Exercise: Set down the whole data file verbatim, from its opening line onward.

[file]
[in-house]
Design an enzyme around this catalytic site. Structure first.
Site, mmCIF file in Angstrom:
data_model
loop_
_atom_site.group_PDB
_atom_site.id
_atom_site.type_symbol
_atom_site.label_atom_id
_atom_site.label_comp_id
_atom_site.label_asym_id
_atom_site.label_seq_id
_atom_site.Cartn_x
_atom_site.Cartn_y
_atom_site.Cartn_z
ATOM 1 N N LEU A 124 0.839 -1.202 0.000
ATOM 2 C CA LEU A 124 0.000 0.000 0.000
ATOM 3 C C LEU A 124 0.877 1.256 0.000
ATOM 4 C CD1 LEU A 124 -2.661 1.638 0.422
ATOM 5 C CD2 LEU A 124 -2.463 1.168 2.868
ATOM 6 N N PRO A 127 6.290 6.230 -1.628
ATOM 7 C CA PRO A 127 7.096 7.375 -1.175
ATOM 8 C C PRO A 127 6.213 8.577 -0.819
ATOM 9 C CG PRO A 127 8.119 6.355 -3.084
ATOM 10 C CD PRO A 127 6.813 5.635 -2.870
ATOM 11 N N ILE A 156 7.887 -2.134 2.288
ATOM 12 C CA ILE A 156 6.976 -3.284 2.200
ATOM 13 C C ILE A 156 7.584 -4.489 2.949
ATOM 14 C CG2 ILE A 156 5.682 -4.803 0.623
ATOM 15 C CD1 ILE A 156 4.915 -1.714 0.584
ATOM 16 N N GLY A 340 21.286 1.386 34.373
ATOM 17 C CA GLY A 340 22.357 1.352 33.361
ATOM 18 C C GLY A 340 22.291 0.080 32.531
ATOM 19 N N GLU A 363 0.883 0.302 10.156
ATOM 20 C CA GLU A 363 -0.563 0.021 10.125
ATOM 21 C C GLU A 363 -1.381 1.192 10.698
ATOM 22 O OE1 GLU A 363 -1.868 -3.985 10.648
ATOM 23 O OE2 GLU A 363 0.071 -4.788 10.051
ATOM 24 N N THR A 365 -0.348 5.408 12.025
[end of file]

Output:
[in-house]
Design an enzyme around this catalytic site. Structure first.
Site, mmCIF file in Angstrom:
data_model
loop_
_atom_site.group_PDB
_atom_site.id
_atom_site.type_symbol
_atom_site.label_atom_id
_atom_site.label_comp_id
_atom_site.label_asym_id
_atom_site.label_seq_id
_atom_site.Cartn_x
_atom_site.Cartn_y
_atom_site.Cartn_z
ATOM 1 N N LEU A 124 0.839 -1.202 0.000
ATOM 2 C CA LEU A 124 0.000 0.000 0.000
ATOM 3 C C LEU A 124 0.877 1.256 0.000
ATOM 4 C CD1 LEU A 124 -2.661 1.638 0.422
ATOM 5 C CD2 LEU A 124 -2.463 1.168 2.868
ATOM 6 N N PRO A 127 6.290 6.230 -1.628
ATOM 7 C CA PRO A 127 7.096 7.375 -1.175
ATOM 8 C C PRO A 127 6.213 8.577 -0.819
ATOM 9 C CG PRO A 127 8.119 6.355 -3.084
ATOM 10 C CD PRO A 127 6.813 5.635 -2.870
ATOM 11 N N ILE A 156 7.887 -2.134 2.288
ATOM 12 C CA ILE A 156 6.976 -3.284 2.200
ATOM 13 C C ILE A 156 7.584 -4.489 2.949
ATOM 14 C CG2 ILE A 156 5.682 -4.803 0.623
ATOM 15 C CD1 ILE A 156 4.915 -1.714 0.584
ATOM 16 N N GLY A 340 21.286 1.386 34.373
ATOM 17 C CA GLY A 340 22.357 1.352 33.361
ATOM 18 C C GLY A 340 22.291 0.080 32.531
ATOM 19 N N GLU A 363 0.883 0.302 10.156
ATOM 20 C CA GLU A 363 -0.563 0.021 10.125
ATOM 21 C C GLU A 363 -1.381 1.192 10.698
ATOM 22 O OE1 GLU A 363 -1.868 -3.985 10.648
ATOM 23 O OE2 GLU A 363 0.071 -4.788 10.051
ATOM 24 N N THR A 365 -0.348 5.408 12.025